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Research Cores

 Project Director, Co-PI  , UGA
 Project Coordinator , UGA
 Project Coordinator  Homayoun Valafar, UGA
 Programmer  , UGA
 Research Associate  J. Wall, UGA

Recent progress in sequencing of various genomes has uncovered thousands of proteins with little homology to characterized proteins, and hence, proteins with unknown function. The prospect of uncovering function through the acquisition of structural information on a genome wide scale (structural genomics) is appealing. NMR has a role to play in massive structure determination efforts, both as a screening tool for choice of structure determination protocol, and as a structure determination tool for non-crystallizable proteins. Our efforts in this area are divided into two segments, NMR screening and database management, and rapid determination of backbone structures.

NMR Screening. Initial screens are conducted on non-isotopically labeled samples of soluble (>0.1mM) proteins less than 60kDa in molecular weight. The screens utilize automated flow probe technology to collect normal one dimensional proton spectra, one dimensional amide proton exchange spectra, and one dimensional diffusion spectra. These spectra are analyzed to give estimates of secondary structure types, a percentage of stable fold, and a level of aggregation. Partially folded and heterogeneously aggregated proteins are subjected to buffer variation to optimize homogeneity and the percentage of stable fold. Well folded proteins and proteins greater than 25kDa in molecular weight are set aside to await the results of crystallization trials. For smaller proteins showing high levels of homogeniety and moderate levels of well formed structure requests for 15N labeling are sent to the expression core. Please see the Data Status page for current screening results.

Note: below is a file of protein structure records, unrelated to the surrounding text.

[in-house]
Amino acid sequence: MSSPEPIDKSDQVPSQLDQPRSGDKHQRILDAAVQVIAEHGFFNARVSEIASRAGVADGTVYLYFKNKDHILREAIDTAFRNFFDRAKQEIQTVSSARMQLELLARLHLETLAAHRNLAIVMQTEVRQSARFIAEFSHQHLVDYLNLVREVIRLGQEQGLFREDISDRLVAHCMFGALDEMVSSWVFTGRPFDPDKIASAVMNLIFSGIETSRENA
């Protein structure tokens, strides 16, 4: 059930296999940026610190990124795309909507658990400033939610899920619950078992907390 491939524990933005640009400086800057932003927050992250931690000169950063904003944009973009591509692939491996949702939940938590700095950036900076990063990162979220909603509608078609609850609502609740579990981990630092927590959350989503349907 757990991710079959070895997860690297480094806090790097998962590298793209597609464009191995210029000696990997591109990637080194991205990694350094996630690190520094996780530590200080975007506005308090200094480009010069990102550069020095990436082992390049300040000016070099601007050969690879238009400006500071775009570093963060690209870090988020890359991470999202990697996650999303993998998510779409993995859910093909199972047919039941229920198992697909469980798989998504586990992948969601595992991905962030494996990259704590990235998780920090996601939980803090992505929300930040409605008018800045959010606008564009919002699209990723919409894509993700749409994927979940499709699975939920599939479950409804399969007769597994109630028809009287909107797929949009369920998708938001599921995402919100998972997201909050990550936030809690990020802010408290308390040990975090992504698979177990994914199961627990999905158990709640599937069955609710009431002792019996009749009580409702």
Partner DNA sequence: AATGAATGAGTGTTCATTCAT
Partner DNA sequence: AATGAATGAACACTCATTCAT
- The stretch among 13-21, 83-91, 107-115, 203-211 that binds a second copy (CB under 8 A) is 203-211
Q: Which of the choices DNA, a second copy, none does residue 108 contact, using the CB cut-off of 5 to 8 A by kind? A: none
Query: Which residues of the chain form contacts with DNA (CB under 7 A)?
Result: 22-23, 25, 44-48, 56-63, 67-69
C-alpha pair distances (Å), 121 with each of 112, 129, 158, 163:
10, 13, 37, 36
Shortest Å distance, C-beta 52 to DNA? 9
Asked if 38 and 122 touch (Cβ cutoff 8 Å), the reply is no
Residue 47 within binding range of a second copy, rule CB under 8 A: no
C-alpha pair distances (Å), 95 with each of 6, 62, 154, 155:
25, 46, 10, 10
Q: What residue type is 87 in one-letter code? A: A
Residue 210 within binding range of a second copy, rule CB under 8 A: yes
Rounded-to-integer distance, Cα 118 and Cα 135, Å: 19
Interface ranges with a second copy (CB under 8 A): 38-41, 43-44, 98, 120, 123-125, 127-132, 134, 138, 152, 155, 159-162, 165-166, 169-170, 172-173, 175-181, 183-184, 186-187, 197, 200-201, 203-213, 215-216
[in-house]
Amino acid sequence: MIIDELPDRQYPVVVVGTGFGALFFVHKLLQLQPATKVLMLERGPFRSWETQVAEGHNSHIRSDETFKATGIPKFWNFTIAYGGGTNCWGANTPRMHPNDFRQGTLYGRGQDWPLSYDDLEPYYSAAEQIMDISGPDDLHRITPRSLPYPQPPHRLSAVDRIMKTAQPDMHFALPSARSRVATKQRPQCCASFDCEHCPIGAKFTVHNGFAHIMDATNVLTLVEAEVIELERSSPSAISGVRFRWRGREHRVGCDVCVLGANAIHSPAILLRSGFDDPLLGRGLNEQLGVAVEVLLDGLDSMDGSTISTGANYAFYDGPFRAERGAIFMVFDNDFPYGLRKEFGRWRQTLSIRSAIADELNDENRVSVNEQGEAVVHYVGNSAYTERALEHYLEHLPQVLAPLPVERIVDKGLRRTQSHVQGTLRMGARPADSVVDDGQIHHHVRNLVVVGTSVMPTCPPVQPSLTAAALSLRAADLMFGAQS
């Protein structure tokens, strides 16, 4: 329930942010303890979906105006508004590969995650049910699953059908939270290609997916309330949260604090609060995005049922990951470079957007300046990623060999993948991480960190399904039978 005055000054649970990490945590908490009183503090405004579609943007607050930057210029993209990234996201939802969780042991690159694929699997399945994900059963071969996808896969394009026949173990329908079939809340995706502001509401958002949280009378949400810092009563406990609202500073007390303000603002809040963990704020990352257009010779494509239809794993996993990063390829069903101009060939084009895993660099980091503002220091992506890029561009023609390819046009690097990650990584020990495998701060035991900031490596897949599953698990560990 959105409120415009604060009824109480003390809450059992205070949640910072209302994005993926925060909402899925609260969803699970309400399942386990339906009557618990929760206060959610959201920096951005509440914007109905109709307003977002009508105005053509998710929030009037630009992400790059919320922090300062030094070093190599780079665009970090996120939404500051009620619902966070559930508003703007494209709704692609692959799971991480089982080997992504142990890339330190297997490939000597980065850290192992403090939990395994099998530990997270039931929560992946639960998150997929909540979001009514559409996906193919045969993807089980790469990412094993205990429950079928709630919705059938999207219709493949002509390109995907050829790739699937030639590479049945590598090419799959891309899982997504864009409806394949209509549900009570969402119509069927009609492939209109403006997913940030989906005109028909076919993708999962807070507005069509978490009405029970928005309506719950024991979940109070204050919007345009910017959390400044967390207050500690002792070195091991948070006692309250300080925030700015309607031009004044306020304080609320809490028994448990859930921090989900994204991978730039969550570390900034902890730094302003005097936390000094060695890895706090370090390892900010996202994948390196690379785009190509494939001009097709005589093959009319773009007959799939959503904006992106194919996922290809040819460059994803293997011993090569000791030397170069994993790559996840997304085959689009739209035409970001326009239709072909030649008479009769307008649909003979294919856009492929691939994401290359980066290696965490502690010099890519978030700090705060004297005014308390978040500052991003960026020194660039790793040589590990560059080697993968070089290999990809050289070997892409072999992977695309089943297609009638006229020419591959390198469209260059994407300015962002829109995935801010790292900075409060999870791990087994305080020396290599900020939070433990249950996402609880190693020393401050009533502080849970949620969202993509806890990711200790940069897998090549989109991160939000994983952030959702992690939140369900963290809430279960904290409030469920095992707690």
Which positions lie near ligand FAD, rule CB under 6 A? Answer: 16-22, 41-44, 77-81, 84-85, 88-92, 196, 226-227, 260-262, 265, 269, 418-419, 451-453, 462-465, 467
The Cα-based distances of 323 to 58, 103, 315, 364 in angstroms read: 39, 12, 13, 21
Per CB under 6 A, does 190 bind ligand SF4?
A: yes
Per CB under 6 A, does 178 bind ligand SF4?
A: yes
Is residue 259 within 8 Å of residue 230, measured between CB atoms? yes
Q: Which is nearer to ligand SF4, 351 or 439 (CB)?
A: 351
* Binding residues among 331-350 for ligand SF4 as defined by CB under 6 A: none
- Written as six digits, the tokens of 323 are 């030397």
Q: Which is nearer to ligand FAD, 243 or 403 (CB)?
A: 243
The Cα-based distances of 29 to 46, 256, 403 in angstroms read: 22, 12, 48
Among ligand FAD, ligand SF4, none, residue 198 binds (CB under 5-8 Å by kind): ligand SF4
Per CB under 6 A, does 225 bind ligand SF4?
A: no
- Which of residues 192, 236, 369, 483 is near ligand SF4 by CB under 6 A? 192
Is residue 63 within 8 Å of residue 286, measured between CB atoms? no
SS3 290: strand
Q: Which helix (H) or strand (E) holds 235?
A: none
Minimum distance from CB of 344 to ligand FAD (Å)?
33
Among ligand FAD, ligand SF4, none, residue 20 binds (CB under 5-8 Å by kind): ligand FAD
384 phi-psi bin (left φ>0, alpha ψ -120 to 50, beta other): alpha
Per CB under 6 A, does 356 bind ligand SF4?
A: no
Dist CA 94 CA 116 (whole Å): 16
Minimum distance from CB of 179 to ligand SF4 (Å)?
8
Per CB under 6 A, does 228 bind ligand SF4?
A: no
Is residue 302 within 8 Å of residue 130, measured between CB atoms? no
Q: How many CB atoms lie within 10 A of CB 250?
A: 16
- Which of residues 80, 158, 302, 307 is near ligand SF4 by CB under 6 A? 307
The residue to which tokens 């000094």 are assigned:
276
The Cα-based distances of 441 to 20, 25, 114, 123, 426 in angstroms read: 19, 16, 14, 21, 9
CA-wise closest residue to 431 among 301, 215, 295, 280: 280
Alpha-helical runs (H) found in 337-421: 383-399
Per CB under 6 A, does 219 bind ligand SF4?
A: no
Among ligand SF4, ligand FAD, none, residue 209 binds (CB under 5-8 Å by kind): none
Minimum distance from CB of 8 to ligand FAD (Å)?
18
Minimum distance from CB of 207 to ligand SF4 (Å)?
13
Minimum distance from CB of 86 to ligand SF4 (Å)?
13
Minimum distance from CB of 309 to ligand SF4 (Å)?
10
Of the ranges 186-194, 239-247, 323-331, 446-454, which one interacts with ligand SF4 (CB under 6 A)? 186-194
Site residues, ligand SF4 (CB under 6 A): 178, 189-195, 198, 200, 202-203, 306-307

Backbone fold determination. 15N labeled samples are screened based on two dimensional HSQC spectra to optimize resolution and homogeneity. 1H-15N residual dipolar couplings and amide proton exchange data are collected in one of three field oriented liquid crystal media to provide a basis for classification as to fold family. Proteins that do not clearly fall into a known fold family are subjected to more detailed analysis. Current examples rely on the assignment of backbone resonances and identification of secondary structure elements using normal scalar coupling and NOE based experiments. Dipolar data are used to orient predetermined elements in a three dimensional fold. Strategies that accomplish simultaneous assignment of resonances and determination of structure using a wider range of dipolar measurements are also being developed and employed. Below we compare a structure of acyl carrier protein determined by the secondary element fold protocol to a structure determined by traditional NMR methods.

[ View Status Report ]